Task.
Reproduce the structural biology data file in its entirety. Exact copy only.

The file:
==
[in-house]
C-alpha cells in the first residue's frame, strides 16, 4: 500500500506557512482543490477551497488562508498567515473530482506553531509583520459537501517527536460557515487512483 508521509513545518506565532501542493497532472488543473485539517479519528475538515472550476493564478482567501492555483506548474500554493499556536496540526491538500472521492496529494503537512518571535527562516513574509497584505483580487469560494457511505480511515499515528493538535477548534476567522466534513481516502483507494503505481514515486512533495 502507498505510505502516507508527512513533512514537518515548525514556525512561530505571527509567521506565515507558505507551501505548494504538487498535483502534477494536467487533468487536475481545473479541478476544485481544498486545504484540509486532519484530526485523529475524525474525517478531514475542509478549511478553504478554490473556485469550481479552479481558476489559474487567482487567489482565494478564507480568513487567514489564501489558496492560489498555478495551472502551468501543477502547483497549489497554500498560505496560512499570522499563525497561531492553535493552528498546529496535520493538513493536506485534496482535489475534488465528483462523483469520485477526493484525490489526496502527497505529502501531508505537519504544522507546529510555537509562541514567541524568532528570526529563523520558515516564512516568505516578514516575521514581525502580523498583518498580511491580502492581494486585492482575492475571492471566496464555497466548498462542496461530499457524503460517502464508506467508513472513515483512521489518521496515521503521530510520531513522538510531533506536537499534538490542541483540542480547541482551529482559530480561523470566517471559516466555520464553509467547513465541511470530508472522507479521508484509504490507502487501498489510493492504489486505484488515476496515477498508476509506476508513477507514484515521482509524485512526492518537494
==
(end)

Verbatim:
[in-house]
C-alpha cells in the first residue's frame, strides 16, 4: 500500500506557512482543490477551497488562508498567515473530482506553531509583520459537501517527536460557515487512483 508521509513545518506565532501542493497532472488543473485539517479519528475538515472550476493564478482567501492555483506548474500554493499556536496540526491538500472521492496529494503537512518571535527562516513574509497584505483580487469560494457511505480511515499515528493538535477548534476567522466534513481516502483507494503505481514515486512533495 502507498505510505502516507508527512513533512514537518515548525514556525512561530505571527509567521506565515507558505507551501505548494504538487498535483502534477494536467487533468487536475481545473479541478476544485481544498486545504484540509486532519484530526485523529475524525474525517478531514475542509478549511478553504478554490473556485469550481479552479481558476489559474487567482487567489482565494478564507480568513487567514489564501489558496492560489498555478495551472502551468501543477502547483497549489497554500498560505496560512499570522499563525497561531492553535493552528498546529496535520493538513493536506485534496482535489475534488465528483462523483469520485477526493484525490489526496502527497505529502501531508505537519504544522507546529510555537509562541514567541524568532528570526529563523520558515516564512516568505516578514516575521514581525502580523498583518498580511491580502492581494486585492482575492475571492471566496464555497466548498462542496461530499457524503460517502464508506467508513472513515483512521489518521496515521503521530510520531513522538510531533506536537499534538490542541483540542480547541482551529482559530480561523470566517471559516466555520464553509467547513465541511470530508472522507479521508484509504490507502487501498489510493492504489486505484488515476496515477498508476509506476508513477507514484515521482509524485512526492518537494